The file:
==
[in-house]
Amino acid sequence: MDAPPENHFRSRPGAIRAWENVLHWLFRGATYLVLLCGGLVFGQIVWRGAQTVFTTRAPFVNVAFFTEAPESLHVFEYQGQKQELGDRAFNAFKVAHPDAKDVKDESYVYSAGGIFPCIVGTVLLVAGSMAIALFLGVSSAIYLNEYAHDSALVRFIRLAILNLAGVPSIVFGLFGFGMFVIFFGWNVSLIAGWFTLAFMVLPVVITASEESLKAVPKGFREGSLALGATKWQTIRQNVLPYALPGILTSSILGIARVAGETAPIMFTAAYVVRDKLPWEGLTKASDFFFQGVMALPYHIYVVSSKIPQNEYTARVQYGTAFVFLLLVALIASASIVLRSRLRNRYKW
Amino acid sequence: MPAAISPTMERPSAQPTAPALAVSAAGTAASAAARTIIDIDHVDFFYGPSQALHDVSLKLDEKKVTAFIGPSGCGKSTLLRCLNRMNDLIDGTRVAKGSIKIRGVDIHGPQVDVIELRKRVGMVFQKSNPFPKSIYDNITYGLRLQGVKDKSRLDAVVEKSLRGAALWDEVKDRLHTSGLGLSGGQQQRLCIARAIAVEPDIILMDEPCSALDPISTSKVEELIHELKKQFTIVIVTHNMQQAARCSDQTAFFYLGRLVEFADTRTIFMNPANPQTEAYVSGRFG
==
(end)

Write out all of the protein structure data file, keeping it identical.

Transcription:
[in-house]
Amino acid sequence: MDAPPENHFRSRPGAIRAWENVLHWLFRGATYLVLLCGGLVFGQIVWRGAQTVFTTRAPFVNVAFFTEAPESLHVFEYQGQKQELGDRAFNAFKVAHPDAKDVKDESYVYSAGGIFPCIVGTVLLVAGSMAIALFLGVSSAIYLNEYAHDSALVRFIRLAILNLAGVPSIVFGLFGFGMFVIFFGWNVSLIAGWFTLAFMVLPVVITASEESLKAVPKGFREGSLALGATKWQTIRQNVLPYALPGILTSSILGIARVAGETAPIMFTAAYVVRDKLPWEGLTKASDFFFQGVMALPYHIYVVSSKIPQNEYTARVQYGTAFVFLLLVALIASASIVLRSRLRNRYKW
Amino acid sequence: MPAAISPTMERPSAQPTAPALAVSAAGTAASAAARTIIDIDHVDFFYGPSQALHDVSLKLDEKKVTAFIGPSGCGKSTLLRCLNRMNDLIDGTRVAKGSIKIRGVDIHGPQVDVIELRKRVGMVFQKSNPFPKSIYDNITYGLRLQGVKDKSRLDAVVEKSLRGAALWDEVKDRLHTSGLGLSGGQQQRLCIARAIAVEPDIILMDEPCSALDPISTSKVEELIHELKKQFTIVIVTHNMQQAARCSDQTAFFYLGRLVEFADTRTIFMNPANPQTEAYVSGRFG